Alina, Bea, and Quinn are living in the pod, rigidly controlled by the organization Breathe. Breathe built the pod during The Switch, when deforestation and over-farming caused the planet to run out of oxygen. Only the rich and the very lucky earned places in the pod, and now their children are struggling to survive within the corruption and caste system. Quinn is a Premium. His father is a government official, so Quinn lives in luxury and has as much oxygen as he needs to do whatever he pleases. His best friend Bea is an auxiliary, and her family barely scrapes by, forced to work hard to pay the extreme oxygen tax. Bea dreams of a better life, hopefully one with Quinn in it. Alina is a member of the Resistance, a fugitive after she steals tree cuttings from the biosphere. Quinn and Bea are leaving the pod for a camping trip in the Outlands when Alina runs into them-literally-and begs them to help her escape. Now they are stuck with each other, as they learn about Breathe’s corruption and fight not only for their own survival, but for the freedom of people everywhere.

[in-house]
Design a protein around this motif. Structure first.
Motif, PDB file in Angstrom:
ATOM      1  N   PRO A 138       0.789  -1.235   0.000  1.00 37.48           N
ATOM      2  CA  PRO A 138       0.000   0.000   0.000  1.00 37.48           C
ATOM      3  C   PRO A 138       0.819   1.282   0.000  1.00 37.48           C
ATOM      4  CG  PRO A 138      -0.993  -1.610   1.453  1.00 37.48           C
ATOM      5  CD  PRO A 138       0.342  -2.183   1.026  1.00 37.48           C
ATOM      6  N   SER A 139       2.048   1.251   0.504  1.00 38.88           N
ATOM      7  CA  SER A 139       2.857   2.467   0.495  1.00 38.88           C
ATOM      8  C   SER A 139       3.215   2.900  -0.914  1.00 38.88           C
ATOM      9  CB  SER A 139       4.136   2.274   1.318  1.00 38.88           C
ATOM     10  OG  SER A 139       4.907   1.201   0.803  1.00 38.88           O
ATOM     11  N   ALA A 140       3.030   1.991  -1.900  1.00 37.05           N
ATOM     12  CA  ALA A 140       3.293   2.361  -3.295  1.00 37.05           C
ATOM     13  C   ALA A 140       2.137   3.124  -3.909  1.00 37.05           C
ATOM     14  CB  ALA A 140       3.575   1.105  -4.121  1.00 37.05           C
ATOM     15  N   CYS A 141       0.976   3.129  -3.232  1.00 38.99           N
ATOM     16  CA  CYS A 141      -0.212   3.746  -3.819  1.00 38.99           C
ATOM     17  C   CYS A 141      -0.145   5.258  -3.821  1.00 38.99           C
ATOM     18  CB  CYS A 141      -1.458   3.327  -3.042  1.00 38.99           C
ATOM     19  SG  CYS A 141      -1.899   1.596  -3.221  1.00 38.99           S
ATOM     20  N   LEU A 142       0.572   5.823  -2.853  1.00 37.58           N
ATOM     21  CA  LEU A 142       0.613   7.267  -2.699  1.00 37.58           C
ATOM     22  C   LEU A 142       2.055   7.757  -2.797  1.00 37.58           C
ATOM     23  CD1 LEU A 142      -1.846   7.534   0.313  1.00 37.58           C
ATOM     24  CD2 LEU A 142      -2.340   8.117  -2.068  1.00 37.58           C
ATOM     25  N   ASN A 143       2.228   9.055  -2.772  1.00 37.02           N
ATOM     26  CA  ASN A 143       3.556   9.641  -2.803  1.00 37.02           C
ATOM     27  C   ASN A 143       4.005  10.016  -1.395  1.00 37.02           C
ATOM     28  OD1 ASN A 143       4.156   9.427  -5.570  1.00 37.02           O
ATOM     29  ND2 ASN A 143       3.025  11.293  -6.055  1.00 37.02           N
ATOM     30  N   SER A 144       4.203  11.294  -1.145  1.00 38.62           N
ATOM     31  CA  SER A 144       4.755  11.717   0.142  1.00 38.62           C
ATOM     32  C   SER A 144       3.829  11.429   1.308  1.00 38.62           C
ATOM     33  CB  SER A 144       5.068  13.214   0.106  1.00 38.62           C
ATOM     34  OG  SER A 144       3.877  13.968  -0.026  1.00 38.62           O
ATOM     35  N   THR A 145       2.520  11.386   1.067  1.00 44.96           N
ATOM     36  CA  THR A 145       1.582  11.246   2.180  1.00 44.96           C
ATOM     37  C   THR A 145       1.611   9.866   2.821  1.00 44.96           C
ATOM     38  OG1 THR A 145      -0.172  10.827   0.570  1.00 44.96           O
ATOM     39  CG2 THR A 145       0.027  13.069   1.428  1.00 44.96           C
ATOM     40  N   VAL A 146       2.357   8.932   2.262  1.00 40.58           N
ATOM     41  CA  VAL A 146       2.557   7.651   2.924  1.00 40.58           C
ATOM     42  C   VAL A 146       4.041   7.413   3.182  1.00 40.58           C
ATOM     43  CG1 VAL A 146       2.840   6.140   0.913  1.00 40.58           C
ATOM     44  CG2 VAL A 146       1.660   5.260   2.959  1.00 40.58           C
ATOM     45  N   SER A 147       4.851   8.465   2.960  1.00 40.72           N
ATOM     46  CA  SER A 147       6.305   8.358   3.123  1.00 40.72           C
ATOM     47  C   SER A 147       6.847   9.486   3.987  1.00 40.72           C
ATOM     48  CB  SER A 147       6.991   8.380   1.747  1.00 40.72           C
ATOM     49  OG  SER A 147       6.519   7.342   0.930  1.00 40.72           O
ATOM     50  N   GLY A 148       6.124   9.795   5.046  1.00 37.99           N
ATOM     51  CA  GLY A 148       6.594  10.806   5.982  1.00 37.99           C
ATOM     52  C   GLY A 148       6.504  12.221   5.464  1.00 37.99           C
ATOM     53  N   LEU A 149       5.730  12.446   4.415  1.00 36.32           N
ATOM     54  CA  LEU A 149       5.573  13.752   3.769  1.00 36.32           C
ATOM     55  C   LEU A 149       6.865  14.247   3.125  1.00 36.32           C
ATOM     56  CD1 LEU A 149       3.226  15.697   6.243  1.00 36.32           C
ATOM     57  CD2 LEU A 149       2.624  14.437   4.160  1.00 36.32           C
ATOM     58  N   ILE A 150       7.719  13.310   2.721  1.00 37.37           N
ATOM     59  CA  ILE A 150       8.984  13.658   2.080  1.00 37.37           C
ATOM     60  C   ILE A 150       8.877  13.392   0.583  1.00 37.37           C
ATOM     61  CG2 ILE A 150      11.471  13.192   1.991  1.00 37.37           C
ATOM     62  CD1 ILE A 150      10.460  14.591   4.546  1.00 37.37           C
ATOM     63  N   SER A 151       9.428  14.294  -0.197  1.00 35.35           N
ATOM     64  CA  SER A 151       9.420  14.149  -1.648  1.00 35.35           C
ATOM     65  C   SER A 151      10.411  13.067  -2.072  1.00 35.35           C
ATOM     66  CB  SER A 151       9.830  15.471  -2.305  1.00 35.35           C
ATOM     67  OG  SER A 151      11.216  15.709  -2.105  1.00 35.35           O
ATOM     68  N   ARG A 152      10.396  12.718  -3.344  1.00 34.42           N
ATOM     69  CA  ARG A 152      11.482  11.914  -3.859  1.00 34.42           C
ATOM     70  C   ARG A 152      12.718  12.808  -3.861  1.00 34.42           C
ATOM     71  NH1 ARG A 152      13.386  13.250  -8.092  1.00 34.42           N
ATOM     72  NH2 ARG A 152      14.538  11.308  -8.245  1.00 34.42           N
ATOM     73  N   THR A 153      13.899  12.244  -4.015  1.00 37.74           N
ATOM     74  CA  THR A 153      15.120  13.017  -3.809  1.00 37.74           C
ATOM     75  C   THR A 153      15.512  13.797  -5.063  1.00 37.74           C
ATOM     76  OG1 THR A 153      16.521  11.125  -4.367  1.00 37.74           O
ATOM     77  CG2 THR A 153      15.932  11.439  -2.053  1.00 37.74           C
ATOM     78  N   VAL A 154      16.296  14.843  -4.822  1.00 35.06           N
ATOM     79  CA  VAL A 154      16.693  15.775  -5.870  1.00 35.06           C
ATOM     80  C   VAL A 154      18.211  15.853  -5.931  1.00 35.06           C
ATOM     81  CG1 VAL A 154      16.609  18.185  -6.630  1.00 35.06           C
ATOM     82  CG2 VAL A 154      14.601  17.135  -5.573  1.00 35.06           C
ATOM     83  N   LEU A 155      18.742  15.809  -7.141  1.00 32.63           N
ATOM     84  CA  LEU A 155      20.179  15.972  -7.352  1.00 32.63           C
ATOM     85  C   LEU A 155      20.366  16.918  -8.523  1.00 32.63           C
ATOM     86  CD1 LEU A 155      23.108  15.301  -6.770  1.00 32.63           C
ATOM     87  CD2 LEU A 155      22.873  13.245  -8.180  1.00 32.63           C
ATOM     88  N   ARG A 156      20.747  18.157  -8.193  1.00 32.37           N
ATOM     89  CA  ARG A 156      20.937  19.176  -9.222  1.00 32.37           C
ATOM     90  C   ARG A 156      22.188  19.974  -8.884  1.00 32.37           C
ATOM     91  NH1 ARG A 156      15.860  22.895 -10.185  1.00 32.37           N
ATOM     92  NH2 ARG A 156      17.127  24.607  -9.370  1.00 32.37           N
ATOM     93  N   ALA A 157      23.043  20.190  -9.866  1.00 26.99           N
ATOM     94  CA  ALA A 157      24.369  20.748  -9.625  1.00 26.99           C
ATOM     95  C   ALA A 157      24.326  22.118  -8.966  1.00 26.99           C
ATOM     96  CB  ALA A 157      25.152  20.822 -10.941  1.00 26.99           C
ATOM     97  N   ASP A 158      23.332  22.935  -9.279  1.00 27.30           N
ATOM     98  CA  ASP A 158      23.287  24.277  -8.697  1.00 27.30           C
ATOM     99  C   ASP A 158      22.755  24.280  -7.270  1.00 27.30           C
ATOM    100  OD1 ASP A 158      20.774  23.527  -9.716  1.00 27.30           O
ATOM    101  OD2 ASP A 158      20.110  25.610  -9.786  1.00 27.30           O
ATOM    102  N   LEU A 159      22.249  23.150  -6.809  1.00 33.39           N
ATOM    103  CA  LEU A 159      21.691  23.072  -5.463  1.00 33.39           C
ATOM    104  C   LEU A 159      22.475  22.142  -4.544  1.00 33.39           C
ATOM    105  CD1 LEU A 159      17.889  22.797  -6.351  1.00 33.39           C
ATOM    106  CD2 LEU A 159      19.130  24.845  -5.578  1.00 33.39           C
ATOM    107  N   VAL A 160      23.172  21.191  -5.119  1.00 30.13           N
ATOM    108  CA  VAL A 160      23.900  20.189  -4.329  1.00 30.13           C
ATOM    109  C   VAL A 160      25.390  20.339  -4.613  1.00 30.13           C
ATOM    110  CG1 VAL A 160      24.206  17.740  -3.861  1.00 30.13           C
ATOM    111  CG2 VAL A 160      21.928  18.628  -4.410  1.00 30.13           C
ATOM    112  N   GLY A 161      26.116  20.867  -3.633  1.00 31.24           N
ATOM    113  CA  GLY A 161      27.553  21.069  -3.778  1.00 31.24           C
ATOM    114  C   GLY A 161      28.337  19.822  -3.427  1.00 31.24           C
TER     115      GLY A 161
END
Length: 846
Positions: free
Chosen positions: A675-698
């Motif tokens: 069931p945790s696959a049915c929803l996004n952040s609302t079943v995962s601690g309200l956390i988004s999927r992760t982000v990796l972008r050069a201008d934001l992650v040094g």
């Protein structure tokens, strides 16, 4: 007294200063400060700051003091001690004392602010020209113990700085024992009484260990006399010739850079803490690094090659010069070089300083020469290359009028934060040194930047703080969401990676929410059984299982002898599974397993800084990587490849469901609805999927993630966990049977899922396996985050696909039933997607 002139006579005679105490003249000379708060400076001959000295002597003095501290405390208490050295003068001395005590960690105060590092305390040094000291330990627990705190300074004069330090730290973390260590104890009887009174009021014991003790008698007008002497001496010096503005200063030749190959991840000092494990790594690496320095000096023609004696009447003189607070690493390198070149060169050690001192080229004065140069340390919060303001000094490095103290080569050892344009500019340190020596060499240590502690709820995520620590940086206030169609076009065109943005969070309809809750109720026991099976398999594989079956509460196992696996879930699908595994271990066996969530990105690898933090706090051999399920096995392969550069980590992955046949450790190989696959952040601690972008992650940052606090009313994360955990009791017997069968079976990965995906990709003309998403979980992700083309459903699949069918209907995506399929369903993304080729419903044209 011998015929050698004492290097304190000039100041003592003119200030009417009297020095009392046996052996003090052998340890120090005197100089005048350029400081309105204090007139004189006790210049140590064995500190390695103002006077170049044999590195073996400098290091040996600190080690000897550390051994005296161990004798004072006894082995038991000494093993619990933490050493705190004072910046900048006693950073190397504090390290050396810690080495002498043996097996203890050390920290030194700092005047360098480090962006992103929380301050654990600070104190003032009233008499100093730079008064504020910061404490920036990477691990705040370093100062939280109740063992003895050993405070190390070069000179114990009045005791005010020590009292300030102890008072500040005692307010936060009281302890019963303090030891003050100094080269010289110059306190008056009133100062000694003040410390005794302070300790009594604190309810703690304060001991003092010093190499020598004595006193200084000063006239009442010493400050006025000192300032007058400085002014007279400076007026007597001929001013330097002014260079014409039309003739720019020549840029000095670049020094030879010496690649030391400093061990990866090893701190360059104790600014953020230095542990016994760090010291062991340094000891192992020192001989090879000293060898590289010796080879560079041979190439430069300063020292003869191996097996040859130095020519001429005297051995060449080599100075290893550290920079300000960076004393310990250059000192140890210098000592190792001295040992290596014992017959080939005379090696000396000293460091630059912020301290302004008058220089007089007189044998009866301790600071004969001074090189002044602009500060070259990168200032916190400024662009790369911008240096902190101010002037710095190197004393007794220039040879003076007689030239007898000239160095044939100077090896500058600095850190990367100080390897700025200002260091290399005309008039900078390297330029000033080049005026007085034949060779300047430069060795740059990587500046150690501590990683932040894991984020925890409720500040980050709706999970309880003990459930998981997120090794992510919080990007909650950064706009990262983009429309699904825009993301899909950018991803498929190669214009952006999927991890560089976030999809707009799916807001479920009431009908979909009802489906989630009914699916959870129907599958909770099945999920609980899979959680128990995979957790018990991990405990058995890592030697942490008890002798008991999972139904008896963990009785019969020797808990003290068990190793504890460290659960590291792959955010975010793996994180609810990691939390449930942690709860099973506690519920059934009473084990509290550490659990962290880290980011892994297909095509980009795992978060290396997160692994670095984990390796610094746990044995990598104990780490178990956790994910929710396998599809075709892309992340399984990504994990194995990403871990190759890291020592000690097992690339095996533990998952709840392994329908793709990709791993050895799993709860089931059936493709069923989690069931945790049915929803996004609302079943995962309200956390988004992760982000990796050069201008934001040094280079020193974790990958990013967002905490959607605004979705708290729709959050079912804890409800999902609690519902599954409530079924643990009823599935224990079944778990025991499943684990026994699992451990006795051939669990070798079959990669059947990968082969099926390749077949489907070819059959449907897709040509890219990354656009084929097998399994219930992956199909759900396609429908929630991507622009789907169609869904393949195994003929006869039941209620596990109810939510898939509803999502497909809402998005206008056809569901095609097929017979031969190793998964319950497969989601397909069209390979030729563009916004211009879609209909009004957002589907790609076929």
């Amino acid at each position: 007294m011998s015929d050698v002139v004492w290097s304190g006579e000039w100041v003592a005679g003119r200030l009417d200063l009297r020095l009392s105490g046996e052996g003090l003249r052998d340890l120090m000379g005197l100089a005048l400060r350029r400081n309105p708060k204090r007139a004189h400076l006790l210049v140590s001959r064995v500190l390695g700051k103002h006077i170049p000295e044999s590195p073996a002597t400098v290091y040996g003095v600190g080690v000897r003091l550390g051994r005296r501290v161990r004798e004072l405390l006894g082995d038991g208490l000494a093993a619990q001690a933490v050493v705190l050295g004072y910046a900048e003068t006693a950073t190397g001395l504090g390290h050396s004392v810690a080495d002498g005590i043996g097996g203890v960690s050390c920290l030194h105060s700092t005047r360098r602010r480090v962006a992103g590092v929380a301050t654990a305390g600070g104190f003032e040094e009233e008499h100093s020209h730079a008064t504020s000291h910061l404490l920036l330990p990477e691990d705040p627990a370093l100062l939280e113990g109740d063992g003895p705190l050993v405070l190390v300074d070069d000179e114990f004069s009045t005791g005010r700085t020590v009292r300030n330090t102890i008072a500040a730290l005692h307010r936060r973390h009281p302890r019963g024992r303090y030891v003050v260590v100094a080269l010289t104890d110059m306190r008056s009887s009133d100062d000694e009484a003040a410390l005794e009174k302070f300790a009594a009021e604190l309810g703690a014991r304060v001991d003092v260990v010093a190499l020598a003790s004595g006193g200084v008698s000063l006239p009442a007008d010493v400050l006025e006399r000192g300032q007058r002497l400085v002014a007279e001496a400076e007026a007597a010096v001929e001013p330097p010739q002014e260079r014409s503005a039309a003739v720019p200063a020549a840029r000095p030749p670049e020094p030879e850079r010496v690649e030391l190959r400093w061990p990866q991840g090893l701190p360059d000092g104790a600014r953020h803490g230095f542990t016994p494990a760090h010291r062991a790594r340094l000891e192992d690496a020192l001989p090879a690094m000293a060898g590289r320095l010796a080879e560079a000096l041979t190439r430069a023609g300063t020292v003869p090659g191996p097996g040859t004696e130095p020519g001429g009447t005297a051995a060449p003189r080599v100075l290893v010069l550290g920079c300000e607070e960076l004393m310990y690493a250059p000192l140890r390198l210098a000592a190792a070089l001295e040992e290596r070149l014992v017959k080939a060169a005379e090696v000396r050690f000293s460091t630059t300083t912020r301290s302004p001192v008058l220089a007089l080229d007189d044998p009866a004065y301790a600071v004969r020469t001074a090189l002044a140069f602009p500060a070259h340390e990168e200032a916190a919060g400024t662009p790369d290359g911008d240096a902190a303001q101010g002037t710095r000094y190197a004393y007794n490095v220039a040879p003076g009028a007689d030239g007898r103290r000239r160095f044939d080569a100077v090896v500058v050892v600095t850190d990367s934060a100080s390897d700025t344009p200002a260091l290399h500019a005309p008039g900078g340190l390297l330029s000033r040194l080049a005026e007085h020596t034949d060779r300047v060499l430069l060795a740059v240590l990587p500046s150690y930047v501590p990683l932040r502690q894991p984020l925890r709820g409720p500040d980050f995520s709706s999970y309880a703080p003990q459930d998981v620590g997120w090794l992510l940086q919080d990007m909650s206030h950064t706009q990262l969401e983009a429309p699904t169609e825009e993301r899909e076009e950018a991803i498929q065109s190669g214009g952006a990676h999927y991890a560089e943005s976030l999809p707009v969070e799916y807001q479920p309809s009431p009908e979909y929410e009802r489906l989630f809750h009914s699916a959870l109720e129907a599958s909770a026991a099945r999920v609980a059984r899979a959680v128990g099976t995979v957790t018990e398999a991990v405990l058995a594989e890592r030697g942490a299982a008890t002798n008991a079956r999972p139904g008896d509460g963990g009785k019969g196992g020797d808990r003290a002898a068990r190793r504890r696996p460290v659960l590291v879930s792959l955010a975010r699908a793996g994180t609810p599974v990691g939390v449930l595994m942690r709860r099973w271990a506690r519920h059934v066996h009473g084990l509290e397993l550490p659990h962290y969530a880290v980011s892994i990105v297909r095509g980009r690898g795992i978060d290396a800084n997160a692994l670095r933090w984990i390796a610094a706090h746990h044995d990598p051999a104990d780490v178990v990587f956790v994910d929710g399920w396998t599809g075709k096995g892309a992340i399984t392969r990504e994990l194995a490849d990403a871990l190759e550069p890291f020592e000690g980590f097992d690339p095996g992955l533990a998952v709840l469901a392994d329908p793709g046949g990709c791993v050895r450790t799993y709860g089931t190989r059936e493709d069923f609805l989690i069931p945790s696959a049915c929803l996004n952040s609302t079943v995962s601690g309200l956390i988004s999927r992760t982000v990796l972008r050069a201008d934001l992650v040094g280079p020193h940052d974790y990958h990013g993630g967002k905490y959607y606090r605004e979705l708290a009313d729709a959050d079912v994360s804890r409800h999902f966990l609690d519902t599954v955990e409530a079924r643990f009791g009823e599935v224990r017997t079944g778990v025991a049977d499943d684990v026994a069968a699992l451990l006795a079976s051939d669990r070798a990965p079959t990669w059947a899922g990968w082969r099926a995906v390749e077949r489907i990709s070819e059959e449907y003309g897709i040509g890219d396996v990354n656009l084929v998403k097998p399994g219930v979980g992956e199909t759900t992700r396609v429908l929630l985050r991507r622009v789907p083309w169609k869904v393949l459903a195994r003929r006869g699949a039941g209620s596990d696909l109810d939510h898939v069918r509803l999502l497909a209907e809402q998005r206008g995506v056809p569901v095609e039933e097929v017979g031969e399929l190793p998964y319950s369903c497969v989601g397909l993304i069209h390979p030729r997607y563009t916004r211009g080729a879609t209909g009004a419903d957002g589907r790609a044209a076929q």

The book put me in mind of Under the Never Sky, which I read recently. You can read my review here. It was the same sort of theme, which I liked and thought was done well–people living in luxury in a pod, not knowing about the government’s corruption or understanding what’s happening outside the pod. I thought the explanation for why humanity is living in pods to be frighteningly believable. We certainly are cutting trees down at an alarming rate. I also liked the three narrators. Again, this is something I have read recently, both in Under the Never Sky and in Defiance, and I think this variety of point-of-views really adds to the story in all cases. A reader really understands the depth of relationships between characters when it can be read from both sides, and you avoid some female-whining this way as well I think.
While I enjoyed this book, I didn’t think there was anything particularly special about it. It read like other plots I had seen before, despite the change of setting. While I liked Bea, Quinn, and Alina, I didn’t get really attached to any of them, and wasn’t particularly emotionally invested in their struggles. The supporting characters were shallow and boring, and you didn’t really learn anything about any of them. I thought both the Pod Minister and Petra, the leader of the resistance, were cookie-cutter characters and Crossan could have made them much more interesting. I’ll probably read the next book in this series to see what happens, but I’m not desperate for it, like I am for the sequel to Defiance or Insurgent.